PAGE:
Thursday, January 8, 2015

Traveling with Kids: the basics

Back in December, I explained that Without Directions was going to change direction a bit.  It started as a blog with four contributors, but over time really only had one lady writing, me.  And I almost exclusively wrote about my sewing or other crafty endeavors. But, I have a desire to add talking about travel, specifically traveling with children and with that adjustment, I also decided to acknowledge the reality that I was the only one writing (which is perfectly fine and there has been no negative emotions related to that).

So ...... (insert drum roll here)  Here is my first official travel post.

How does your family spend vacations?  Do you go to visit family?  Camp? Go to the same tried and true destination?

Well, my family of five loves to explore.  I am in the military and my job requires us to move quite frequently.  This is just fine with my husband and I because we love to get to know new places.  We always use the new location as a home base to see a new part of the country ... or the world.

Anchorage, AK

We have lived in Alaska, Washington (the state), and a couple different locations in Virginia in the United States.  Also, we have been lucky enough to be sent to Germany on two separate occasions.  And at each new home, we traveled around to see the sights and learn the history of the area, and those locations within easy driving distance.  Though the stress of the moves can be difficult, they have really fed our hunger for travel.

Our first time to Germany was when we were newlyweds and we did not have any children.  We had a blast.  Conversely, our second time in Germany we arrived with a seven year old, three year old, and a five month old.  Many people assumed that we were not going to be able to really experience Europe this time because we had three kids ... one of which was an infant ... in tow.  But they really could not have been more wrong.  I have been surprised at how many people believe you cannot travel with children.  Now, don't get me wrong, it was not the same; but it was still entirely delightful and completely possible.


We have learned several lessons that have made traveling with young ones quite enjoyable.  And as I have time, I am going to share them here, on Without Directions.  Let's start now with some basics.

First, have a plan.  When my husband and I were a young married couple, we would on the spur of the moment decide to leave for the weekend on a Friday afternoon.  We rarely made hotel reservations and often would not make it to our original destination because we would get distracted by some sight we saw along the way.  It was impulsive, seat-of-your-pants travel and so much fun.

But this is not wise with children.  One, children do have schedules and really need them to not be completely tossed to the side.   Two, if you have more than two children in Europe, you are a LARGE family and many hotels will not have room for you.  So, you should know where you are going and have sleeping arrangements made before you leave.

Smokey Mountains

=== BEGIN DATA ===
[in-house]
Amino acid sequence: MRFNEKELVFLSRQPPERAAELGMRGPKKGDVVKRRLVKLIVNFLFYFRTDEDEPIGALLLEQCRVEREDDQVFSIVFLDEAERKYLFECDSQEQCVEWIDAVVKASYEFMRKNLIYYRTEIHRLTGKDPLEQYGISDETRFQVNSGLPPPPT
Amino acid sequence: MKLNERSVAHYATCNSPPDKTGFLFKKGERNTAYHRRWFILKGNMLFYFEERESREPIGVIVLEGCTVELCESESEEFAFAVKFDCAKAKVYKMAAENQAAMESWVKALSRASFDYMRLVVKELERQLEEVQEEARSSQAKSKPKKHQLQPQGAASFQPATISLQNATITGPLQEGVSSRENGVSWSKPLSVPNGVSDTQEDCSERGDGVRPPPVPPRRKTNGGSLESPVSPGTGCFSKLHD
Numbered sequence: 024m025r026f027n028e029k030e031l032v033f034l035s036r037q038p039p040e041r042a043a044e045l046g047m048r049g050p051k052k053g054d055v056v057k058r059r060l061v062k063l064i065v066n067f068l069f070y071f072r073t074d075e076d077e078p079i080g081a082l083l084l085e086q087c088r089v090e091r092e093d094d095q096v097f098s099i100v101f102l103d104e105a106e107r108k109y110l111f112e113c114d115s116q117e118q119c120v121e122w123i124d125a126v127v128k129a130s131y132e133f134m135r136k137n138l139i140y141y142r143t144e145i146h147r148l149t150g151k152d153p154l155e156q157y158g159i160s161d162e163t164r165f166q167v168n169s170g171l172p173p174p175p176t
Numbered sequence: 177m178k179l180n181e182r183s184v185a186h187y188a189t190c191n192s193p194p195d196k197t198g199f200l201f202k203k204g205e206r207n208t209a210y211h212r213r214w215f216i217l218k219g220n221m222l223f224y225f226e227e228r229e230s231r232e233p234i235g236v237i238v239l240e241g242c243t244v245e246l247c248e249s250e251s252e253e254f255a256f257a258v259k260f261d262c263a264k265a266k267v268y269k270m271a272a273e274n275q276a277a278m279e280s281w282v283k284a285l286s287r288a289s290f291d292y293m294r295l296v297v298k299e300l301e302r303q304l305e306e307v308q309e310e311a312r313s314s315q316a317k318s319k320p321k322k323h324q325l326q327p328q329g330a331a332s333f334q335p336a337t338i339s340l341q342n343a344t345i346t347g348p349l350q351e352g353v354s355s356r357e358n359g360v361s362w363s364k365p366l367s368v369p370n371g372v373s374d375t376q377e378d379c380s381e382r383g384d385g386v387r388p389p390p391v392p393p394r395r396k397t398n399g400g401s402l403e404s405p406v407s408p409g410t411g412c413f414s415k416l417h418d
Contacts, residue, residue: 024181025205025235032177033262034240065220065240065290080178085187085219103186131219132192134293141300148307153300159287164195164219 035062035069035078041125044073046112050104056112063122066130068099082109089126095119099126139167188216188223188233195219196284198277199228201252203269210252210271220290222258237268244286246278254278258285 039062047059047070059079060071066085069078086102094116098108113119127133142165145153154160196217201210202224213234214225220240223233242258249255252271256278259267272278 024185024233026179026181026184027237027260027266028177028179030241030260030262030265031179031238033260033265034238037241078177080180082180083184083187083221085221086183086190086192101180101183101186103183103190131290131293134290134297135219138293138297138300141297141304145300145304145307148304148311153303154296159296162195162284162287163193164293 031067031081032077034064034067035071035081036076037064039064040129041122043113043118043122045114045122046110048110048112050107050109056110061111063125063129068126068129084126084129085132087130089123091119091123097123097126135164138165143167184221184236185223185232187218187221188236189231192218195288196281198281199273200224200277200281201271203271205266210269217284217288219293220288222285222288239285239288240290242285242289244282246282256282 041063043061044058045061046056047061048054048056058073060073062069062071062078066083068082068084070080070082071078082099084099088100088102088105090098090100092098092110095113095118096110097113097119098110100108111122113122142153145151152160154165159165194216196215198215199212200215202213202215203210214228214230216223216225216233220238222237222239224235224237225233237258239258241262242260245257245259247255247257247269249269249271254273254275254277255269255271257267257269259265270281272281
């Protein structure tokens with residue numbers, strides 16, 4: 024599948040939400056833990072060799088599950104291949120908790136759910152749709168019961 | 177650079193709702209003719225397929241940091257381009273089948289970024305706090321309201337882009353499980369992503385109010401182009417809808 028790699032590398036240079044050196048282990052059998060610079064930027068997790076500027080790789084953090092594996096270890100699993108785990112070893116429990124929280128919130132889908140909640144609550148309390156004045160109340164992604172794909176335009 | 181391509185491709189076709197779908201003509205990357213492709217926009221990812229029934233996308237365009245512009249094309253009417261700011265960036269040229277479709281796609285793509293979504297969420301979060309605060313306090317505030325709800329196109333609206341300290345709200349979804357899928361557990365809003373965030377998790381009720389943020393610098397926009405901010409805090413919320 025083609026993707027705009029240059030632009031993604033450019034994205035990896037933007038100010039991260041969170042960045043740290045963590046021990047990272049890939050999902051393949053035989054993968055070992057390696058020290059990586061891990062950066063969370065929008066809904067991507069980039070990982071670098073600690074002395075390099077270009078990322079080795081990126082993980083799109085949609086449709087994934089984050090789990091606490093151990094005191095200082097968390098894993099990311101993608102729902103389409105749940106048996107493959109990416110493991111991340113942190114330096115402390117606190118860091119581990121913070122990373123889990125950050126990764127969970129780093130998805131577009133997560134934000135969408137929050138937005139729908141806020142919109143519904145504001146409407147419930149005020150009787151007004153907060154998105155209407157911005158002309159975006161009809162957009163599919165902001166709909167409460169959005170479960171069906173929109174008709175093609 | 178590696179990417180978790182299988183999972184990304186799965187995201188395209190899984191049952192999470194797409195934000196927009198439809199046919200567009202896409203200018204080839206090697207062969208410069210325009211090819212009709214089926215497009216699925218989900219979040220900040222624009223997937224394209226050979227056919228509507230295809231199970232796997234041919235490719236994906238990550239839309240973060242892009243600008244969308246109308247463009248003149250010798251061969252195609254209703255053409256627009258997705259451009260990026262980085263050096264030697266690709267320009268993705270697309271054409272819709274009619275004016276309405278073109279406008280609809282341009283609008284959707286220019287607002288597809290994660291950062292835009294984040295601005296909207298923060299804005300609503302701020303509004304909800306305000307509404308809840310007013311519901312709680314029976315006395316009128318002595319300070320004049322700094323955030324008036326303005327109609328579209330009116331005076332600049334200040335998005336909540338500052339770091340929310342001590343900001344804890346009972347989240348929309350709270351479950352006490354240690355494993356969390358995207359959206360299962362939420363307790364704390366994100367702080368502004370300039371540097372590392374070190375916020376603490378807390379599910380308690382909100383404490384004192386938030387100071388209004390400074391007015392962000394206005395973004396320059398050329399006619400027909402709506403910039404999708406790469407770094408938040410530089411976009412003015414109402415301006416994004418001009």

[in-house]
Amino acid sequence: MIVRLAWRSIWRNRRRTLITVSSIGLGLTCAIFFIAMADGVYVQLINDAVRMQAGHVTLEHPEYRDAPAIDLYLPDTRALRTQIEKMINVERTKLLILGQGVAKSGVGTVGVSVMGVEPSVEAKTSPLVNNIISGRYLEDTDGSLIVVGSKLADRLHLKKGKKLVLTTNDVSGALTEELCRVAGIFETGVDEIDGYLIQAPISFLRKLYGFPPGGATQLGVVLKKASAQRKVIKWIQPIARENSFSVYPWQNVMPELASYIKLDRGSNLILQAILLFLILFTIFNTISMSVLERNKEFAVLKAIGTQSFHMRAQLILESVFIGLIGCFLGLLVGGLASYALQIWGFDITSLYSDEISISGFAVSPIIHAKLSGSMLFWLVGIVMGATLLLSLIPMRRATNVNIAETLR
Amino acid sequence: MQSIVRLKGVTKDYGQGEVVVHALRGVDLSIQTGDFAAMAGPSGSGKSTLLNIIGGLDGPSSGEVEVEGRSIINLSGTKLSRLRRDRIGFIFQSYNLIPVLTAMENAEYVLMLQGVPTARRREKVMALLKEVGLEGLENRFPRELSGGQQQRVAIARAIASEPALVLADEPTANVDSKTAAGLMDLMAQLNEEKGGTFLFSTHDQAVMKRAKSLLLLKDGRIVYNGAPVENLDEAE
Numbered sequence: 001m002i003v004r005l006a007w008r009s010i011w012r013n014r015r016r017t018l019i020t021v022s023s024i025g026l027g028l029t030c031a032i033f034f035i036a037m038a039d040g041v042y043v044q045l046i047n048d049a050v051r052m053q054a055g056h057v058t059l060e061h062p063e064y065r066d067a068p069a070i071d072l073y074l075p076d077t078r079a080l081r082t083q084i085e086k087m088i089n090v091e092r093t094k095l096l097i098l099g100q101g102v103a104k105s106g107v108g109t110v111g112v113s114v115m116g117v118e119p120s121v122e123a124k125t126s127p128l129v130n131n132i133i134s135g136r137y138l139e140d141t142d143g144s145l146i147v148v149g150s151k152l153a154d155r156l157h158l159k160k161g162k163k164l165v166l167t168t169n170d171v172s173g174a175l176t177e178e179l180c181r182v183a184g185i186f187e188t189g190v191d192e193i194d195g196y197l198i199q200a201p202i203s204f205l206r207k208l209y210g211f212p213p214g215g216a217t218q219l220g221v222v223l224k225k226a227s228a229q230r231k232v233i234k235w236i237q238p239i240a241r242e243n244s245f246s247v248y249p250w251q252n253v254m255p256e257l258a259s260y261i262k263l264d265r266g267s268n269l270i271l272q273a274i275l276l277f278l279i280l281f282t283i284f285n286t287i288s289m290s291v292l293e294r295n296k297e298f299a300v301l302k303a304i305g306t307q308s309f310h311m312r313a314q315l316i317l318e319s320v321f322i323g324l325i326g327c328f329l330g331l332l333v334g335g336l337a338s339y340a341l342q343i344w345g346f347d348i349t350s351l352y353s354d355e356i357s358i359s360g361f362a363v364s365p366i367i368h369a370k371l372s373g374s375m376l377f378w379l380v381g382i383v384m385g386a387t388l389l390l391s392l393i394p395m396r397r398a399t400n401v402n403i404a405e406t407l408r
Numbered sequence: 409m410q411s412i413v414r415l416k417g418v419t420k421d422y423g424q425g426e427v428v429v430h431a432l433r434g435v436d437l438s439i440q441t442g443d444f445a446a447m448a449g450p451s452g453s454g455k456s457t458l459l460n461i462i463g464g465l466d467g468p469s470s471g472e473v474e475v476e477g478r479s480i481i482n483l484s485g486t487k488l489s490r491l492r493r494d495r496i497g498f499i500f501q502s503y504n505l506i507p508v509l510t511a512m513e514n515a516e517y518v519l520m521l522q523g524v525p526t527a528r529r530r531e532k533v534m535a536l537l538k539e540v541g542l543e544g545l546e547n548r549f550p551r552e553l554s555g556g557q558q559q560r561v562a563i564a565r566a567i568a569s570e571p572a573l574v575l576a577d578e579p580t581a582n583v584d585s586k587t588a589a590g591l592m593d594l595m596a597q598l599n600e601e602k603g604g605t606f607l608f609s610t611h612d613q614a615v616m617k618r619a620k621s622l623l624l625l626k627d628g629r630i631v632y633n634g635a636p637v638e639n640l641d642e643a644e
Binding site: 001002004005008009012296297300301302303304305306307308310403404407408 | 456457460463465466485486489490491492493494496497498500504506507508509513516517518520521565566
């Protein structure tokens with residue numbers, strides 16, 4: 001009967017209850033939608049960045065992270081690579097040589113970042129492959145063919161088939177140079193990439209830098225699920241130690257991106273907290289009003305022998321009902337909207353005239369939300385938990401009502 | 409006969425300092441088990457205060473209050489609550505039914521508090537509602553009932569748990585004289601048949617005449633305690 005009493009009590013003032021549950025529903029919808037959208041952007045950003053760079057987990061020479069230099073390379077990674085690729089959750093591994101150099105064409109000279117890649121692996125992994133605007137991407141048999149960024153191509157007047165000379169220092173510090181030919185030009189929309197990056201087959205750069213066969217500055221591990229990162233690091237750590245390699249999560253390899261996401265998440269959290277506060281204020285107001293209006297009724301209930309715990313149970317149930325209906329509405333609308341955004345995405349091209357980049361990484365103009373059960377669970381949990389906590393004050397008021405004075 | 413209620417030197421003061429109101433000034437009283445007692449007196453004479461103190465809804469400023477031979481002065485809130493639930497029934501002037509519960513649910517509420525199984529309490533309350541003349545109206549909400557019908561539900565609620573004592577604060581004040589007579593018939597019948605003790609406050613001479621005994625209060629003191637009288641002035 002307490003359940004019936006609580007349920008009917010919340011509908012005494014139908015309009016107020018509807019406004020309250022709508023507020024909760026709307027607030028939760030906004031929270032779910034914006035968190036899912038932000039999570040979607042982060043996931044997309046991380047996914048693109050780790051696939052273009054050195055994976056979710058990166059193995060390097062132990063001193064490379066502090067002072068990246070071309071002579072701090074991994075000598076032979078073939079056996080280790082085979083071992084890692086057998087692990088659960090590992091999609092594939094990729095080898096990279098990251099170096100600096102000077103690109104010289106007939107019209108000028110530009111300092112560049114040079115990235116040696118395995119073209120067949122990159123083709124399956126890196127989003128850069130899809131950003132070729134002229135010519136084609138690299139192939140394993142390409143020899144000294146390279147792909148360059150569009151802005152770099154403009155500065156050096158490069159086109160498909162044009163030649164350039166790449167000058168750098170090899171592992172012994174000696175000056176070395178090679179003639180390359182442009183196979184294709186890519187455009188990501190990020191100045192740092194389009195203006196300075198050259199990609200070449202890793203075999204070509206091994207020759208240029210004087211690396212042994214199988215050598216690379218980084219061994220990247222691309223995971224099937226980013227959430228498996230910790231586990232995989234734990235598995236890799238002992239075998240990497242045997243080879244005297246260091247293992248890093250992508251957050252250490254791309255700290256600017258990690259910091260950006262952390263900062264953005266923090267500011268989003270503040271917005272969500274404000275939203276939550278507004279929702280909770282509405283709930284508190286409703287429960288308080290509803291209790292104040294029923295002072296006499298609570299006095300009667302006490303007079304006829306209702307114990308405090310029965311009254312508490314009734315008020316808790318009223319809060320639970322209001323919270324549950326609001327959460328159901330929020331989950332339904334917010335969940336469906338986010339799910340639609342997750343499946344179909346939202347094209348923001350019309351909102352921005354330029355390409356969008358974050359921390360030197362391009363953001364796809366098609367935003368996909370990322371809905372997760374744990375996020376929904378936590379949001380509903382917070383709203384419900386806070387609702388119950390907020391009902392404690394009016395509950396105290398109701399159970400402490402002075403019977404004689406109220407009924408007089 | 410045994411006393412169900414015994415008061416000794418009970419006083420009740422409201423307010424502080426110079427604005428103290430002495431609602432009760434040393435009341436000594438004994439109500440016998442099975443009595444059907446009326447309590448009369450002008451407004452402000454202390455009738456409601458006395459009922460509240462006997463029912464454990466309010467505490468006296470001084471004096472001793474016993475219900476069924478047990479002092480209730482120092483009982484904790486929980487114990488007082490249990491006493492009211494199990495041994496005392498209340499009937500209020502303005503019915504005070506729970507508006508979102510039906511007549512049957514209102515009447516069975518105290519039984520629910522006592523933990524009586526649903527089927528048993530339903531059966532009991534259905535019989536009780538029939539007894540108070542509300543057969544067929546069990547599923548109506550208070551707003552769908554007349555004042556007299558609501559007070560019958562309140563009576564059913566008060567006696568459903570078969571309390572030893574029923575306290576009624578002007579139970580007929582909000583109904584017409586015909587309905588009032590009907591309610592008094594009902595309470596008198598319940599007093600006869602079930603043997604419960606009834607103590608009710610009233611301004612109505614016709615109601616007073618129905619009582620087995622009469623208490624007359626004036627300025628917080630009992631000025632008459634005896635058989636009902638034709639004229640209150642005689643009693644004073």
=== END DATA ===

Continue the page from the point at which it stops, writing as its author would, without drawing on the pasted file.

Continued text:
A second key to success is to not over plan.  We found that our kids could do two big events in one day very successfully.  But rarely could they do a third.  We would plan accordingly.  Several times we had a third, minor event/sight as a tentative plan in case they were up to it.  If you push your kids too hard they stop having fun and if they are not having fun, you probably aren't either.

So how do you choose your big events?
We like to have a few travel books dealing with the region we are traveling in.  Each travel book seems to have a different focus/personality, so it is helpful to have more than one available as they will have different perspectives on what to see.  I recommend getting at least one that has a lot of pictures.  This way your young children can participate in the planning by pointing out things that look interesting to them.

link to Amazon

Our two favorite "brands" of travel books were the Fodor's and DK Eyewitness travel guides.  The the DK books have wonderful pictures and discuss a lot of the history and demographics of the region in the first chapters.  Fodor's is very data intensive and can recommend where to go, stay, eat, drink, dance, etc.  Other travel books we have used is the Lonely Planet and Rick Steve's.

link to Amazon

Third, pack food.  Always.  Nothing saves the day more frequently than an easily accessible snack.  In the best of worlds, you will find a place to easily whenever it is needed.  But, we don't live in a perfect world and when you are in an unfamiliar place, the likelihood of you making all meal times is slim.  A snack can go a long way in averting a melt down.

And finally, be flexible.  Plans will change.  And that is OK.  It is part of the adventure of travel, with kids or without, to not know what exactly will happen next.  It is helpful to have a 'spare' sight to go see when the primary sight is suddenly unavailable.  Or, if the kids really need a nap, go back to the hotel and let them rest.  Then get back out there and have fun. 

Well, that is probably enough of an introduction.  The main point is that traveling with children is not just doable, it is enjoyable.

If you are interested in hearing more from me, there are a couple ways for you to keep in touch!

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